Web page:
By the time the dust has settled from the General Election, Fine Gael will have received an estimated €22.5m in state funding since taking office. €1.3m of that will have gone towards funding their election campaign. With fledgling parties such as Renua having failed to raise even €1m, is there a danger of democracy being diluted by money?

It is difficult to find a universally agreed definition of democracy, in theory and especially in practice.
The important characteristics of democracy are agreed upon though, legal equality and political freedom.

Ireland is running what Plato might describe as a simulacrum of democracy. The Greek philosopher defines a simulacrum as a representation or imitation of something which loses the substance and quality of that which it copies.
In this case, democracy in Ireland is becoming an inferior imitation of what it was originally intended to be.

The reason for this is money.

It isn’t difficult to understand why there has been a lot of talk concerning a disparity in funds available to political parties. If party funding came from party sources alone then the argument for diminished democracy would be similarly diminished.
The problem is that funding also comes from state coffers and its distribution could be described as many things, democratic is not one of them.

Money talks

Fine Gael received €18.2m in exchequer funding in the first four years of the Dail term. Fianna Fail received €13.1m, Labour received €11.7m and Sinn Fein received €8.3m over the same period.
Fledgling parties such as Renua and the Social Democrats were priced out of a fair election campaign and the idea of a level playing ground is laughable.


In a recent article for The Sunday Times, Stephen O’ Brien wrote, “The state is controlling the financial capacity of parties to fight elections.”
The current political system seems to be designed to allow the more established parties to stay in operation with the the party currently in power favored above all others. Even among the so-called “four large parties”, there is a notable chasm of wealth.
Fine Gael will have spent €1.7m on the general election compared to €250,000 spent by Sinn Fein.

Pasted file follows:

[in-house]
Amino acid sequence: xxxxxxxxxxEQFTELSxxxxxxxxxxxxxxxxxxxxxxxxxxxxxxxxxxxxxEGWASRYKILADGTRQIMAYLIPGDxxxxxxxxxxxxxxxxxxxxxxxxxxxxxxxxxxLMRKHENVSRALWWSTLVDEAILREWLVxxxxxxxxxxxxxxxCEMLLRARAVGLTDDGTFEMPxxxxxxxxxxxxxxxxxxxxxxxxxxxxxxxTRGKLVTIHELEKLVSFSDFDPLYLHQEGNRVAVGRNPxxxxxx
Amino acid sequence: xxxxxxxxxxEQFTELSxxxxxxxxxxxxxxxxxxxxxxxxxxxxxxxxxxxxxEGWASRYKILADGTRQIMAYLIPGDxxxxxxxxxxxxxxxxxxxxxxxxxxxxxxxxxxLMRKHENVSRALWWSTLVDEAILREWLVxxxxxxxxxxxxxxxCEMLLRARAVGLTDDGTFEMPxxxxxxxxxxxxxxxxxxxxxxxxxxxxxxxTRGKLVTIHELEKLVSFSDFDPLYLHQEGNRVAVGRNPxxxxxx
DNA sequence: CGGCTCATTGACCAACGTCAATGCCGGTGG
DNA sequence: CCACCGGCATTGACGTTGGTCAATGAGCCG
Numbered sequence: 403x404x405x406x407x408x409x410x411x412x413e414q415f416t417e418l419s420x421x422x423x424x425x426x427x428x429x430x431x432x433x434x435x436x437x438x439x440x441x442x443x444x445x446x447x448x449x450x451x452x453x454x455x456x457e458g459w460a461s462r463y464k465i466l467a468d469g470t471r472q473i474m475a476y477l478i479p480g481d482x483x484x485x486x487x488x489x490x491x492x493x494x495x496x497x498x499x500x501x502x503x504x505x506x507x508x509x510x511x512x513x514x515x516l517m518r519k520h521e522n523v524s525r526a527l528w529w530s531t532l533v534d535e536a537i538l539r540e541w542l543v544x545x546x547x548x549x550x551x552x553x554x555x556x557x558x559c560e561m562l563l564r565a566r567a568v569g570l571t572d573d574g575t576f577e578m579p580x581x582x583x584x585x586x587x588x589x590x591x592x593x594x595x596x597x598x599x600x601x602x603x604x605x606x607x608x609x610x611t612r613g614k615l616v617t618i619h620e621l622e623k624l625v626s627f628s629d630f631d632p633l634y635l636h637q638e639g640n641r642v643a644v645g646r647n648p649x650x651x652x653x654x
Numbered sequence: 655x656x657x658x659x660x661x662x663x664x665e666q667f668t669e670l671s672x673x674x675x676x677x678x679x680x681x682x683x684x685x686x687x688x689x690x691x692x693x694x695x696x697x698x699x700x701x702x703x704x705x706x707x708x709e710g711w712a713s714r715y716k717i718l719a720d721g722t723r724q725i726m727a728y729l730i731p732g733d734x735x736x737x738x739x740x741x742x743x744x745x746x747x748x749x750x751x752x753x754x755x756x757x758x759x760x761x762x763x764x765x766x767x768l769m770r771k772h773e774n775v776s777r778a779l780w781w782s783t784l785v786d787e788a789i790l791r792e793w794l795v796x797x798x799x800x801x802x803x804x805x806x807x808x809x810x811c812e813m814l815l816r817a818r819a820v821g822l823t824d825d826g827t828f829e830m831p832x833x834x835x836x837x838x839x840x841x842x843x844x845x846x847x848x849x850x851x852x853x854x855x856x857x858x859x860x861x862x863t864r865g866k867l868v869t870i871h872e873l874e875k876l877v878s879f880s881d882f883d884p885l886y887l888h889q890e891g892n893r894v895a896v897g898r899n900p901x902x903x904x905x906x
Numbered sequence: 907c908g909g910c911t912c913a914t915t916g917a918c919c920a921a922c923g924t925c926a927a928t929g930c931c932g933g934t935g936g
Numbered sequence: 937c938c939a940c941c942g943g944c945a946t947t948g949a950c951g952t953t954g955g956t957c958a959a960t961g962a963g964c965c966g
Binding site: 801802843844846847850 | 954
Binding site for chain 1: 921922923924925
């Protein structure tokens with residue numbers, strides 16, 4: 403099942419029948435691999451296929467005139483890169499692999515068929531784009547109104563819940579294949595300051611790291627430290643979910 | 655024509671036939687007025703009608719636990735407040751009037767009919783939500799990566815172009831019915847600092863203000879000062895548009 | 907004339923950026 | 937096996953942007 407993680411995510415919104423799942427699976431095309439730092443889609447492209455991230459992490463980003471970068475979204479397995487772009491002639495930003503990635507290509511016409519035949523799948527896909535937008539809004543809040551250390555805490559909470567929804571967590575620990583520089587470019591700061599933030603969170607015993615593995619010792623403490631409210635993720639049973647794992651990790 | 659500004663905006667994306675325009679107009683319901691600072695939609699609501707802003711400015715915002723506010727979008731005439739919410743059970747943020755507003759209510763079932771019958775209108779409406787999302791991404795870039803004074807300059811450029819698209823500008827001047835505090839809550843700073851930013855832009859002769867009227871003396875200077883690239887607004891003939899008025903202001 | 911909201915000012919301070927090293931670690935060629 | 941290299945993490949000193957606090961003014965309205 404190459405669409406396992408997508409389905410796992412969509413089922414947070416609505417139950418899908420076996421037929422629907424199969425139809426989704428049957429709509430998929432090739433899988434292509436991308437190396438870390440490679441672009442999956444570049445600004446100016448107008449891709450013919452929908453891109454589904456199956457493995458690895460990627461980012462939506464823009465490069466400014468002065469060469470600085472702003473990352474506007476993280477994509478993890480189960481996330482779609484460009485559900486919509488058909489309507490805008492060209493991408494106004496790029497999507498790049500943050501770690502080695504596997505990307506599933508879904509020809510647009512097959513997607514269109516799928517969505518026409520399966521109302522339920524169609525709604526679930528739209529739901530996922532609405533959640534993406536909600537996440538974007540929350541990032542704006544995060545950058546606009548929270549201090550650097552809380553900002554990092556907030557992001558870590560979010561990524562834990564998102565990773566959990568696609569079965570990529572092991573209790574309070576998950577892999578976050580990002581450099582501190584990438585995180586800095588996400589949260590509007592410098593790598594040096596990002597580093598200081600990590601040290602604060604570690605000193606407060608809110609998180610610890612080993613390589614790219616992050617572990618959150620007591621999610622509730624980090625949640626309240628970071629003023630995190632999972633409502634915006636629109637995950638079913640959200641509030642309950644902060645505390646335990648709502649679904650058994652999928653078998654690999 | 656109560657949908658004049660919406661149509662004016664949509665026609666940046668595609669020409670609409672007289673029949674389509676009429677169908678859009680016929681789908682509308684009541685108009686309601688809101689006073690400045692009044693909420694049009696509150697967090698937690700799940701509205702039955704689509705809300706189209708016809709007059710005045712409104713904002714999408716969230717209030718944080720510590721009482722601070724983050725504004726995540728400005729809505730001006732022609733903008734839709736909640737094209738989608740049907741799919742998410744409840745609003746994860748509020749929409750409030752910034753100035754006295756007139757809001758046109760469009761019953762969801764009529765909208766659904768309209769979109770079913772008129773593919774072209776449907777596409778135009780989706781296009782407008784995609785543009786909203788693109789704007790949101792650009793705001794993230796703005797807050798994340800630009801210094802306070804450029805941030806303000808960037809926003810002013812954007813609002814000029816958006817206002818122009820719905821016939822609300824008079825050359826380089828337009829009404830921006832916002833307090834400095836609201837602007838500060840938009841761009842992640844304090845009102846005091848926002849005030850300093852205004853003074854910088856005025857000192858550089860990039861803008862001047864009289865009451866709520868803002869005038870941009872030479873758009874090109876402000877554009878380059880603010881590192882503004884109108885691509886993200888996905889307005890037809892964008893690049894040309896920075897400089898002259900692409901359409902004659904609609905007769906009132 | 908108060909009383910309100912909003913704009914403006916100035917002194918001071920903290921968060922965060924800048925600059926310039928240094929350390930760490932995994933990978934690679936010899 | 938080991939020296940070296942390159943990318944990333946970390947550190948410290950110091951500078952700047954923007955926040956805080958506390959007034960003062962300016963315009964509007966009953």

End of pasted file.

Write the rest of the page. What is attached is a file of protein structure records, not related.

The newer parties will spend considerably less.

A system which provides more money to the parties with the biggest share of national first-preference votes serves only to widen this chasm, pricing the minnows out of the market.

Renua leader Lucinda Creighton has said that if her party had any say they would push to reform the way state funds are divided among parties. An element of irony is evident in her claims as Renua fared terribly in the General Election, losing all their Dail seats. Their campaign marred by, among other things, their lack of resources.

There is an argument that if parties are not funded by the state that they would have to resort to raising their own funds, thus inviting a very real possibility of corruption. The system of state funding was established to combat this problem. But that one-time solution has become a serious blemish on the Irish electorate.

In 2010, a Supreme Court ruling in the U.S allowed unlimited campaign contributions to be made by corporations and unions. It is a well-documented fact that the presidential candidate who spends the most on campaigning has always emerged victorious.
Is it right that those backed by superior financial clout always come out on top?
Democratically speaking you would have to say no.

It seems that elections fall into a curious space in the Venn diagram of Democracy and Capitalism. This overlapping space allows for corporate donations and state funding to amplify the voice of a particular party and ensure its message reaches far more ears than the knee-high yelps of less-established parties.

The political minnows such as Renua and AAA-PBP faced very little chance of making significant inroads in this election and while the fact that they are relatively un-established is important, the lack of funding available for effective campaigning is a major factor.

It has to be asked, are our political parties playing on a democratically even playing field? If not then it would seem that our current political system is a mere simulation of a democracy.